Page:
For example, the average educational level is the highest in Latin America. It has more doctors, engineers and professionals than the rest of the countries in the region, thanks to many years of support to the different levels of education.
Nobody would think to establish maquiladoras (sweat shops) like those in Mexico here, but rather to create value-added products that take advantage of the human resources. Potential in agriculture, green development and tourism also draw attention.
Moreover, it is a peaceful, safe country, with low levels of corruption, where there is no violence, drugs or organized crime, which could open up to the U.S. market if it were not for the economic, commercial and financial blockade.
For me, this unilateral policy against Cuba has two impacts. One is direct, relating to the imposition of sanctions against those who do business with the island, and the other relates to the creation of a different mentality. If the blockade didn’t exist, the country could further concentrate on resolving its internal problems, looking inward critically and optimistically.
What fuels your love for Cuba?
The Cuban people are really very sui generis. I traveled through Latin America and Europe and found here a social fabric of solidarity, which doesn’t exist in many places. The human warmth, heroism, spontaneity, the ability to laugh through difficulties, are unique features of Cubans.
I think Cuba is sometimes simplified abroad. For me, it is neither heaven nor hell. I have discovered a nation with nuances: with many admirable things, but also with errors.
Cubans have a special sense of history, identity and pride in themselves. I have sadly seen the damage that the Special Period caused to Cuban society, which has suffered from shortages due to the existence of a currency that needs greater value and wages that are insufficient. No one can deny that.
It was hard to leave that stage behind, but this was achieved and the Revolution did not collapse, as many predicted, due to the resistance and the ability of the people to collectively focus on solving problems. This has made me admire the Cubans, even more so if I compare them to societies, including my own, in which people worry about the smallest things. It is a complex country, but I love it as if it were my own.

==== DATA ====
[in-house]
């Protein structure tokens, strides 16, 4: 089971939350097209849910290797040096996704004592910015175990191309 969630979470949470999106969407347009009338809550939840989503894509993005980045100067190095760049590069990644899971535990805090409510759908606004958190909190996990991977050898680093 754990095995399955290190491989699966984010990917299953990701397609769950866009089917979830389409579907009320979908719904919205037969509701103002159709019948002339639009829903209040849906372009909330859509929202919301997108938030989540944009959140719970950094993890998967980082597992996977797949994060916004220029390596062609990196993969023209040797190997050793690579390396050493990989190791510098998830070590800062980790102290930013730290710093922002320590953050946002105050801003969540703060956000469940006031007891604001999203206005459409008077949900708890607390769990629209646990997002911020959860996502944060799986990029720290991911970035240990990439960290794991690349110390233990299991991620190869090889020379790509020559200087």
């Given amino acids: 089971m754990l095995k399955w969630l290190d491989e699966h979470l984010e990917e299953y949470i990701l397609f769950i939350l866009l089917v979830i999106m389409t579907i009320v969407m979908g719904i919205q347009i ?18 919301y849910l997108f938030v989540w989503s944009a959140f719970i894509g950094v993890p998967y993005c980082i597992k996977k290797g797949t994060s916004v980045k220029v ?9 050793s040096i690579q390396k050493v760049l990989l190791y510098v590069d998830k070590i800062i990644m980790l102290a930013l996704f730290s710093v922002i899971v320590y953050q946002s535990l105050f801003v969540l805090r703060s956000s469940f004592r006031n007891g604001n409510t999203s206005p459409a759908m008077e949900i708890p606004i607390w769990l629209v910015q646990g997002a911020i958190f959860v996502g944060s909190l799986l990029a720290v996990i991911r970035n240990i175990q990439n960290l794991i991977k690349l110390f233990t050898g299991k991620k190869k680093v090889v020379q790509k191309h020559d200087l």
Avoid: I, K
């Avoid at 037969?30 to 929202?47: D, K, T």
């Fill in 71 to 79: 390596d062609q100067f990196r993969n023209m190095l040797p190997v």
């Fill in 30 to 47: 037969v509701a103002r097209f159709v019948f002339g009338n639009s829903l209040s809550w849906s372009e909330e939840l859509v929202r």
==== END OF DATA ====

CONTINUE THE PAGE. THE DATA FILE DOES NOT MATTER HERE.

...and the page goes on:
How much do you miss Canada?
I miss many things about Canada, but I feel good in Cuba. In my hometown, everyone played ice hockey, but my sport was football and the javelin.
I miss those sports, but I have learned to love baseball, to dance salsa and to drink a little rum.
My minimal accent when speaking Spanish protects me, as from a young age I assimilated the language well. I do not feel like a foreigner, because people do not treat me as such and that has helped me not feel like an outsider. Most of my friends are Cuban and I have a beautiful daughter who is Cuban and is called Savana, because it rhymes with Havana.
I decided that she would be born and live here. When people ask me: “Gregory, where are you from?” I think that one never loses the identity of their formative years of childhood, but I’m Cuban.
Why do you feel Cuban?
Because I am proud of this country and concerned about its future. Because it makes me happy when the Cuban baseball team wins, I love talking about where we are headed or where we come from and I like Los Van Van and Carlos Varela.
Because I was greatly excited when I saw Ana Fidelia Quirot win at the World Athletics Championships in Gothenburg after her accident.
Because I admire Fidel Castro. I believe he is one of the greats of our time and I admire him for all the noble causes he has undertaken, for his efforts to bring good to the Cuban society, to combat apartheid in Africa. I am sure that history will absolve him.
Having spent over 20 years on the island, have you not thought about leaving?
I'll stay in Cuba as long as Cuba continues to be what it is: a unique country, hoping to lead the way and always defend its autonomy, which inspires people around the world, that evolves, that is safe and visionary. If this were like other countries in Latin America, full of social scourges, I would go back to my mountain in Canada.